Income Dynamics - 9/29/15
Despite the fact that the nation’s unemployment rate is down to five point one percent, three are many people who consider the U.S. economy to still be in terrible shape. Undoubtedly, there are many reasons for this, but no explanation seems as powerful as those related to income dynamics.
The U.S. Census Bureau recently released new data regarding incomes. Last year, the median American household had a lower income in inflation adjusted terms than it did in twenty thirteen. The median American household registered income of approximately fifty three thousand six hundred and sixty dollars, down one and a half percent from the year before. The Census reported that that change was not a statistically significant one, however.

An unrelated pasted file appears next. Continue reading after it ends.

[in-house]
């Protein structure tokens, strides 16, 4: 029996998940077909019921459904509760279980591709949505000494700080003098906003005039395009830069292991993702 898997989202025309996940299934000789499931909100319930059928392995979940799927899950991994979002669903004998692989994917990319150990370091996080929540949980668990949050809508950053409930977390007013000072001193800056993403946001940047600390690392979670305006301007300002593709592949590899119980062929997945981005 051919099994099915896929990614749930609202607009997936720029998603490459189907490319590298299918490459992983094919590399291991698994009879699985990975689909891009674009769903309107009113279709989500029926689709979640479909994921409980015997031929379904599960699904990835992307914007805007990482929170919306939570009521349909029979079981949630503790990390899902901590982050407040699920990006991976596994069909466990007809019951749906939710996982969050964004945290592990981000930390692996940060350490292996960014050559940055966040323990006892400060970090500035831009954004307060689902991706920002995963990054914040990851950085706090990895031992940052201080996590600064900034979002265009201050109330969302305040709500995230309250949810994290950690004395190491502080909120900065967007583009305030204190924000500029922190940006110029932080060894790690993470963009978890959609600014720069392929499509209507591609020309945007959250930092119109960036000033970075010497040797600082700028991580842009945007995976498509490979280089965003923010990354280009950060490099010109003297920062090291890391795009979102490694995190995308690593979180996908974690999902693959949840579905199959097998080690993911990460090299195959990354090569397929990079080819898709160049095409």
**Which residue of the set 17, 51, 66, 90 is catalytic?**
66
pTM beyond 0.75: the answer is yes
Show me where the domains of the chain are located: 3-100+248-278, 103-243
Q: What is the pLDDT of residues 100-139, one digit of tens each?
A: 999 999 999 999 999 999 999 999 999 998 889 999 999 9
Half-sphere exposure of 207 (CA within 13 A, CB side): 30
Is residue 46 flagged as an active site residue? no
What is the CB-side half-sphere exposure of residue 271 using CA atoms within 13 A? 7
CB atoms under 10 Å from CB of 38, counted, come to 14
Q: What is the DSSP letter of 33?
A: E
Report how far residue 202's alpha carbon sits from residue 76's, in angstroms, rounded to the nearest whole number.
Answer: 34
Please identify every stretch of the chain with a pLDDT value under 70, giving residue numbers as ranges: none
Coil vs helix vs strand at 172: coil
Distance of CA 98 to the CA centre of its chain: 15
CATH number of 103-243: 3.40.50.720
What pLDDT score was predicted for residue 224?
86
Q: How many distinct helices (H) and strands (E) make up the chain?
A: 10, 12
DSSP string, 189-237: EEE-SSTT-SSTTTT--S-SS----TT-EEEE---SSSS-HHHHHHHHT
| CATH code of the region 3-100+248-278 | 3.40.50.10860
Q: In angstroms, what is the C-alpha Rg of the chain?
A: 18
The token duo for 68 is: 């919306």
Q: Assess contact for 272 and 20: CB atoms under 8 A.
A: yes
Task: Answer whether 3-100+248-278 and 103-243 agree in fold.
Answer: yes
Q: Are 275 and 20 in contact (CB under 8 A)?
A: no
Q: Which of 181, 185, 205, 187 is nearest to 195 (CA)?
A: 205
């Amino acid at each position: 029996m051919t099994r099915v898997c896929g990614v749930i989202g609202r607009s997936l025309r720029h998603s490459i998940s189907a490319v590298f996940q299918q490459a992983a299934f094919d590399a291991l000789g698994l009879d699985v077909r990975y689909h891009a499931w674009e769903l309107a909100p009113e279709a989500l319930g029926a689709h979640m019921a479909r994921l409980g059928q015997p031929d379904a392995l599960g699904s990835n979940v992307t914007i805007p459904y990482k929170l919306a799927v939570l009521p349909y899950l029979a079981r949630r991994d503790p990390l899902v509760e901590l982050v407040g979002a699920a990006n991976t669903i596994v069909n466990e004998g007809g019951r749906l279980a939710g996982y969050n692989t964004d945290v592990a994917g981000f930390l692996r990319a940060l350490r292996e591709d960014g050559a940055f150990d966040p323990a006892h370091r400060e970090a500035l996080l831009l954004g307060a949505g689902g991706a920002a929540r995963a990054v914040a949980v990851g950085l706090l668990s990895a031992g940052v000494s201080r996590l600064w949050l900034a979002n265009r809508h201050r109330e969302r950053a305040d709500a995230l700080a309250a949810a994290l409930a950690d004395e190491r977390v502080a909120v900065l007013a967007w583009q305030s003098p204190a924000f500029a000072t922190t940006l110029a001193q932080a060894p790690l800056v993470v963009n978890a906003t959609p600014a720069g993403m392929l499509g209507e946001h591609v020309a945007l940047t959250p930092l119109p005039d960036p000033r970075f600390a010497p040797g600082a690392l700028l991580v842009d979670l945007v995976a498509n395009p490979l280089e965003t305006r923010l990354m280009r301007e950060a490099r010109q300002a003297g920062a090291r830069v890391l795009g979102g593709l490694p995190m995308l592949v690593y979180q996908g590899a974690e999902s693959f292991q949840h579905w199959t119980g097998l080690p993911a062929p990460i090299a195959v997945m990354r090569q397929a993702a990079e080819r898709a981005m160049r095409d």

Here’s what’s arguably more remarkable. Inflation adjusted income in twenty fourteen was nearly seven percent below its two thousand and seven, pre-crisis level. As indicated by writer Neil Irwin, it is seven point two percent below the figure for nineteen ninety nine. Twenty fifteen may turn out to be better, not because wages are rising rapidly, but because energy prices have fallen, which may be producing a temporary increase in inflation adjusted incomes.